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Section 6: Britain's Referendum Campaign over the Euro
1. Do you remember when the Euro was introduced?
2. Is it used only for clearing purposes?
3. Do any European countries use it in cash transactions now?
4. Has the UK joined this system by now?
5. Was the European Union created on the basis of the European Community?
6. When was the Community set up and when did the UK join the Community?
7. Is the UK a member of the European Union?
Skim and scan: Read the text quickly and say when approximately this article could be written.
This week the European Movement, Britain's oldest and most important pro-European lobby group, published a glossy document laying out a strategy for a referendum on British membership of the single European currency. The government merely says that it is willing to sign Britain up for the Euro when it becomes convinced that such a move would be in Britain's economic benefit.
But unofficially the pro-Europeans in the government are working to a much more definite timetable. They are assuming that a referendum will be called soon after a second election victory for Labour – an event already pencilled in for 2001. At that point the full weight of government will be behind the Yes campaign.
The European Movement has already set up a steering group to coordinate the referendum campaign, with good connections to 10 Downing Street. Representatives of the London office of the European Commission which provides a bit of money for the European Movement have been spotted at the planning sessions.
The movement's planning document says that the Yes campaign now needs to establish before the next general election 'a majority of the public who favour British participation'. That's a tall order, since currently a large majority is opposed.
Next month, the Treasury gets in on an act by launching an advertising campaign designed to tell Britons about the launch of the single European currency in 1999. Officially this is simply a 'familiarisation' exercise. But people involved with the campaign acknowledge that it contains an element of 'political education'. Others might call it propaganda.
The Noes campaign has also begun to get serious. There is no shortage of anti-European groups – 29 at the last count. Since the beginning of the year, a series of six lunches in the Attlee room of the House of Lords has gathered together all the principal «antis» from across the political spectrum to thrash out a plan of action. Out of this has grown support for Business for Sterling (BFS), which was officially launched on June 11th, 1998.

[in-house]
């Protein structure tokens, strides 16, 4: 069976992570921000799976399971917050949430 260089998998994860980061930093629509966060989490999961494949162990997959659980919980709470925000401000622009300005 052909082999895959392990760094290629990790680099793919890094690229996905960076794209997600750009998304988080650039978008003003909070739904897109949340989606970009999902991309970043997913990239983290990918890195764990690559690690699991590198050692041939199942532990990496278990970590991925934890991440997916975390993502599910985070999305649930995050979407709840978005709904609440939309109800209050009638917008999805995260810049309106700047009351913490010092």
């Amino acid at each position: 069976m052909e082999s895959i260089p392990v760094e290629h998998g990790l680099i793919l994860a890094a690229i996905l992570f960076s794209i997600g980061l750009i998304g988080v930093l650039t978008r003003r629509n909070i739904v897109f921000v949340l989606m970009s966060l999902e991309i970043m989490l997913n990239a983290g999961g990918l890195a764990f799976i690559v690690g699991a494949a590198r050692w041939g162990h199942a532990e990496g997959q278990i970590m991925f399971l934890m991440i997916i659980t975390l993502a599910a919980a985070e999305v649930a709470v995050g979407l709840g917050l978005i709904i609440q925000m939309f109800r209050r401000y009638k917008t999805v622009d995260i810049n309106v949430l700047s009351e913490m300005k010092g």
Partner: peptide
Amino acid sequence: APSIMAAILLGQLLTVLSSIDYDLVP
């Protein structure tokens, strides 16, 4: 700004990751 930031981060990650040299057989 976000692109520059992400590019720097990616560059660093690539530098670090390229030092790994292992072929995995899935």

The aim of BFS is to attract serious money from businessmen and companies. BFS will put only the economic arguments against the single currency, and ignore politics. BFS already has the financial backing of several big businessmen such as Sir Stanley Kalms, the Chairman of Dixons. The new director of communications at BFS is from that electronic retailer, and they have already had 200 pledges of support.
a Explain the meaning of the following in English:
b Summarise the different viewpoints on Britain's membership in the Euro (your answers to the following questions will help you):
The European Movement
1 Is it a British group?
2 Does it support or oppose Britain's membership in the Euro?
3 Why do you think the author called the Movement's strategic document «glossy»?
4 What referendum did it propose?
5 For what purpose did it set up a steering group?
6 Where does their money come from, judging by the article?
7 Is it heading the Yes campaign?
The citizens of the UK
1 Do most people of the UK support or oppose the British membership in the Euro, according to the article?
The British Government
1 Does the Government comprise the House of Commons, the Cabinet of Ministers and the Prime Minister?
2 What signing-up did the government declare?
3 For what time are the pro-Europeans in the Government planning to hold the referendum?
4 Are they optimistic, judging by the author's appraisal?
5 When did the Treasury plan to join the single European currency?
6 Who called their advertising campaign «a familiarisation exercise», «political education», «propaganda»?
The House of Lords
1 Is it a part of the British Government? .
2 Is there any hint in the article about the attitude of the House of Lords to the British membership in the
3 Do the 29 groups mentioned in the article support the Yes or Noes campaign?
4 What is the BFS campaign? When did it start?
5 Does Big Business support it?
с Draw a table showing who supported the Yes campaign and the Noes campaign at the time the article was published. The table may look like this:
d Have another look at the diagram given below the text and answer the following questions:
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